Budget 2020: Industry warns over impact of alcohol tax rise

By Sophie Witts contact

- Last updated on GMT

Budget 2020 alcohol tax rise impact pubs restaurants

Related tags: Beer

The possibility of an automatic rise in alcohol duty in next week’s Budget has sparked warnings over the impact of price increases from industry trade bodies.

Update: To see what the 2020 Budget means for hospitality click here.

Chancellor Rishi Sunak will set out the Government's spending plans in his first Budget on 11 March. 

Under current policy all alcohol duties are set to rise in line with RPI Inflation,​ currently forecast at 2.8%.

This would add approximately 6p to the cost of a 750ml bottle of still wine and 8p to the cost of 750ml bottles of sparkling or fortified wines, according to the Wine and Spirits Trade Association (WSTA).

A 70cl bottle of 37.5% vodka would rise 21p, while a 70cl bottle of 40% gin would rise 23p. 

It is not clear when any duty changes could come in to force, but the WSTA warns it could be immediate. 

Sales impact

Tax on beer, cider and spirits was frozen in 2019 following Philip Hammond’s final 2018 Budget.​ Wine, which continued to rise in line with inflation, has seen a 12% increase in duty since 2014.

Restaurateurs say this had led to a fall in wine sales,​ and in January a group including Corbin & King CEO Jeremy King and Hawksmoor wine director Mark Quick wrote to the Government calling for a cut in wine tax.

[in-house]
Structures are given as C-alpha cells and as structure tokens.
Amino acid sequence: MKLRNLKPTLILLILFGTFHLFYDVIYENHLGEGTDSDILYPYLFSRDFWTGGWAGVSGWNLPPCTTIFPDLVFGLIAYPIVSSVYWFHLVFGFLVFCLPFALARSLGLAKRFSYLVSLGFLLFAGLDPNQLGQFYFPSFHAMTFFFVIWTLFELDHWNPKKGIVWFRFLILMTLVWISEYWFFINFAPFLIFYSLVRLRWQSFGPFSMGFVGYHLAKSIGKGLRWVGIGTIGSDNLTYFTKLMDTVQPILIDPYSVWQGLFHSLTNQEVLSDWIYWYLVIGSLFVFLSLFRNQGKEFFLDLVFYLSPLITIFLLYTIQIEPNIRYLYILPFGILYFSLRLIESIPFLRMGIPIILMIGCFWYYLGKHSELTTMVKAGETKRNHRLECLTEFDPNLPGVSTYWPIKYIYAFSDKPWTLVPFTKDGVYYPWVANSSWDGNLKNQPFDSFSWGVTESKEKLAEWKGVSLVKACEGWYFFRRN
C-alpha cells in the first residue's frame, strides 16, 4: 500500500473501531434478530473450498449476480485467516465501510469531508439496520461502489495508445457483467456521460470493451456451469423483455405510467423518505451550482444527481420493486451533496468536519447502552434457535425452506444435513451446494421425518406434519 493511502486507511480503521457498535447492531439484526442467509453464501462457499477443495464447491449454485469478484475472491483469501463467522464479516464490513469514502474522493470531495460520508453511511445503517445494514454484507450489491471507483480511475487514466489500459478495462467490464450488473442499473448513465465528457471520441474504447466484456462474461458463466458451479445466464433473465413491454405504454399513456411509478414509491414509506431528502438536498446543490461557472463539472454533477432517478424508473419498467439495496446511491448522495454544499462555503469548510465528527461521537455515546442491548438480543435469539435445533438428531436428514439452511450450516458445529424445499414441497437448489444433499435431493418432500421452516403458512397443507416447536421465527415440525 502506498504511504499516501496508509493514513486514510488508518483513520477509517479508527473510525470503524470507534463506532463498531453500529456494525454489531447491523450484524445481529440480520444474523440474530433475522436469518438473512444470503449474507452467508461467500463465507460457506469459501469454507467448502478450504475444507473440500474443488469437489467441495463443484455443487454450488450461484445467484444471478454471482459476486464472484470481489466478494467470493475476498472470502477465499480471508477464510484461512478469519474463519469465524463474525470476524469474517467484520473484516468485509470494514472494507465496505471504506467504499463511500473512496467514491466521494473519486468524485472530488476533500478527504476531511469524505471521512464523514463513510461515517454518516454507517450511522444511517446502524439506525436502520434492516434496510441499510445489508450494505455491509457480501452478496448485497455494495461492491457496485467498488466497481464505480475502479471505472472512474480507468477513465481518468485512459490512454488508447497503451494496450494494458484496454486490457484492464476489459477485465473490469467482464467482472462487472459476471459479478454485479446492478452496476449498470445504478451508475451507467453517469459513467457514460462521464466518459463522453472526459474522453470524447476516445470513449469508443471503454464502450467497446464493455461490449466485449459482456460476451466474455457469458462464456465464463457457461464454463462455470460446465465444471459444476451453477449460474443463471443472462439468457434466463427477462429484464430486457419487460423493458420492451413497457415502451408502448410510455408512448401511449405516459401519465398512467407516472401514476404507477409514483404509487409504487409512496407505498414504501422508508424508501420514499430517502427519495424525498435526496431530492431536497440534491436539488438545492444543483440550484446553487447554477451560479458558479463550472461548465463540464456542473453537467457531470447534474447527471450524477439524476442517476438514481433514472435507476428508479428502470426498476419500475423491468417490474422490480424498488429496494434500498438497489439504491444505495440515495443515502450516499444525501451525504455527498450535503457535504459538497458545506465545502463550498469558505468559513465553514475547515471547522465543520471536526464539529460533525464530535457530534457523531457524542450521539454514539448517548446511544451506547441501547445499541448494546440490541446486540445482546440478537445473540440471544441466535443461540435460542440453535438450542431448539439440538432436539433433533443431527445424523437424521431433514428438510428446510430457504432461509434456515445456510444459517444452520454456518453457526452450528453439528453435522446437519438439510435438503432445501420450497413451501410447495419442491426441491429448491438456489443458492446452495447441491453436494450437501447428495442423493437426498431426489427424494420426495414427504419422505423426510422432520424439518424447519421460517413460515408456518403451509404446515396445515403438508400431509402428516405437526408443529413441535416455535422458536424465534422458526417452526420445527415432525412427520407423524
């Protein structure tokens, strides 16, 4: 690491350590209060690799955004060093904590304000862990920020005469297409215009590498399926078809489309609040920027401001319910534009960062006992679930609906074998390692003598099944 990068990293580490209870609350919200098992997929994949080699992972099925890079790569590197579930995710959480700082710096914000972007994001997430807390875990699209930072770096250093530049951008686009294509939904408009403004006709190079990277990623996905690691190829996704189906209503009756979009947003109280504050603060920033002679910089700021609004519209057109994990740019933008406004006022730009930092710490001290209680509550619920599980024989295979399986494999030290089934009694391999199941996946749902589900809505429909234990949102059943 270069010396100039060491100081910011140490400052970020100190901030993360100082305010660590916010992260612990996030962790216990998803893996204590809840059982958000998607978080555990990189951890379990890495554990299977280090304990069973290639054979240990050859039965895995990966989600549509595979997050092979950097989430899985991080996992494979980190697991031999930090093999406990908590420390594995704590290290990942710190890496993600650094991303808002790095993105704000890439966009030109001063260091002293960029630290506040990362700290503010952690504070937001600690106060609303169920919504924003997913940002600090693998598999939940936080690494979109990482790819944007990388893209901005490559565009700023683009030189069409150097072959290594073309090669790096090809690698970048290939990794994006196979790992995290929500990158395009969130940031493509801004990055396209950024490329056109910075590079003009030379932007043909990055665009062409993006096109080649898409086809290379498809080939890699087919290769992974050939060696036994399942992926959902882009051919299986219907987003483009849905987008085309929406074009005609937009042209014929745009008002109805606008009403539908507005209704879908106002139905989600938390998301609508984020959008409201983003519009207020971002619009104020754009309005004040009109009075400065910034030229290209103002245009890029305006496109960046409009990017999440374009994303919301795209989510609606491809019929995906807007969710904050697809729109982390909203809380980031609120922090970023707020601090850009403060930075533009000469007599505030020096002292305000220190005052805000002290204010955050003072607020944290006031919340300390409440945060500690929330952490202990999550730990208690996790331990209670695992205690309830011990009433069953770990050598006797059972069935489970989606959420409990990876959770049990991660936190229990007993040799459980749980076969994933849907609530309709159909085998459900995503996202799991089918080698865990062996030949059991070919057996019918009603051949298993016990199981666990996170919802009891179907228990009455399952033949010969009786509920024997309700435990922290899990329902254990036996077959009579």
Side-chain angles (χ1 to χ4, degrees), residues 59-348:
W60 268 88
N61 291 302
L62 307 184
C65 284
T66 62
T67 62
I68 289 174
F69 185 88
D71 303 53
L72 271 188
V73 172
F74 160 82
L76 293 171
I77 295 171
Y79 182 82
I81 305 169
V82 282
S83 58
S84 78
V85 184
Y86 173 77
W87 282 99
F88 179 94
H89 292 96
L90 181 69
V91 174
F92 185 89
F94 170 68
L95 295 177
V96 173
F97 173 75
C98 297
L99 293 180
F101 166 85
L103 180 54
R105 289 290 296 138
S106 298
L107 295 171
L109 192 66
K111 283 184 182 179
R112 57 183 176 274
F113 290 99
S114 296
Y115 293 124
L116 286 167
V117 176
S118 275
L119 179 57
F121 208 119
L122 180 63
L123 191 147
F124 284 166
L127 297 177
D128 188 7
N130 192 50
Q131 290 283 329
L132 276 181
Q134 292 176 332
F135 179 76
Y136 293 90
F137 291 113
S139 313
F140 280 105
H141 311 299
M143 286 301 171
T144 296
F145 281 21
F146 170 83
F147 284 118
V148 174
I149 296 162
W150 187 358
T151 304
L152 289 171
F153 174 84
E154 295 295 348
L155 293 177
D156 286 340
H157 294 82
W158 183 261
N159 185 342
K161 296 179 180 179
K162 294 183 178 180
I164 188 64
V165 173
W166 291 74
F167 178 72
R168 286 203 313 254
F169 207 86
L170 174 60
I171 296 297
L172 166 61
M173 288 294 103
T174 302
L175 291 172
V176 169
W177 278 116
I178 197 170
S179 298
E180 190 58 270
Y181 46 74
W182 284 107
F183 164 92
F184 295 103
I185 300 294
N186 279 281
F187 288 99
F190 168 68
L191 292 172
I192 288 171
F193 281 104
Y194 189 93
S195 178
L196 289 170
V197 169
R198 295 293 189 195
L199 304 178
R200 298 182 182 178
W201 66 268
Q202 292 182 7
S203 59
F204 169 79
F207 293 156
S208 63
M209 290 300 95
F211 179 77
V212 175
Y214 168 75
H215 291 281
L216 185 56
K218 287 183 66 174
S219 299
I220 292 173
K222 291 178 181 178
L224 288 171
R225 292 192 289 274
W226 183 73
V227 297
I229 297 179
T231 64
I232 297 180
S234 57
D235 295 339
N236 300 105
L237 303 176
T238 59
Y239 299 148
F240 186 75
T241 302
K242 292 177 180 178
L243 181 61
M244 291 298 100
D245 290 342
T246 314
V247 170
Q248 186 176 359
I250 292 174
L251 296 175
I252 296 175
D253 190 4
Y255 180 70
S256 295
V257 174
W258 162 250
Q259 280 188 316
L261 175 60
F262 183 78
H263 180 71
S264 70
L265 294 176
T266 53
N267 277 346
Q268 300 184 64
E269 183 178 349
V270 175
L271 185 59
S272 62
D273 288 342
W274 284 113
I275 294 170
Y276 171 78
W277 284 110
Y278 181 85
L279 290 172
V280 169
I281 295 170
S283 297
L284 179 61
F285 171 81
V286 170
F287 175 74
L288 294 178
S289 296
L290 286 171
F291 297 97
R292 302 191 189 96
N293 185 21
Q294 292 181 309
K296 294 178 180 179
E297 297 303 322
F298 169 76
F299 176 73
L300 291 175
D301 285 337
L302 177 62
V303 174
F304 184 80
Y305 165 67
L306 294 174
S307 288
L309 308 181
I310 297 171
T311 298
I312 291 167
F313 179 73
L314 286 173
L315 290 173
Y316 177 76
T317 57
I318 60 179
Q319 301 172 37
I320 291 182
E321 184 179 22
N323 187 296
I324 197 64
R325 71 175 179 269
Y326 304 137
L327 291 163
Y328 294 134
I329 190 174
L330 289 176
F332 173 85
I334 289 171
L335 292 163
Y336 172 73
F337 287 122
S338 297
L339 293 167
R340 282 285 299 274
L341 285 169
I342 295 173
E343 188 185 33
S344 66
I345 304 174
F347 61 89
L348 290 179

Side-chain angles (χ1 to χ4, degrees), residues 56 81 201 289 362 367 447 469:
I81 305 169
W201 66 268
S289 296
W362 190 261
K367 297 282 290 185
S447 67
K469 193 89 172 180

“We are experiencing first-hand how the hospitality industry is being hit by this fall in wine sales, with businesses in the sector being put an increasing risk of failure,” they wrote. 

The British Beer and Pub Association (BBPA) says the cut in beer duty saw sales rise 1.1% to a total volume of over eight billion pints in 2019, but warns a rise in the tax could hamper further growth.

The BBPA is calling for a 2% cut in duty on beer in next week's Budget, while the WSTA hopes to see a 2% reduction across all alcohol categories.

“Beer sales increasing is clearly good news for our sector,” says Emma McClarkin, chief executive of the BBPA. “However, this growth will be stifled if the Government goes ahead with its planned increase to beer duty on March 11.

“Pubs and brewers have an overwhelmingly positive impact not just on the UK economy - supporting 900,000 jobs - but also socially and culturally across the UK, so it’s important the Chancellor actively supports them.”

The WSTA says it expects the Government to also announce a review in to alcohol duties, as was promised in the 2019 Conservative manifesto. 

Related topics: Business & Legislation

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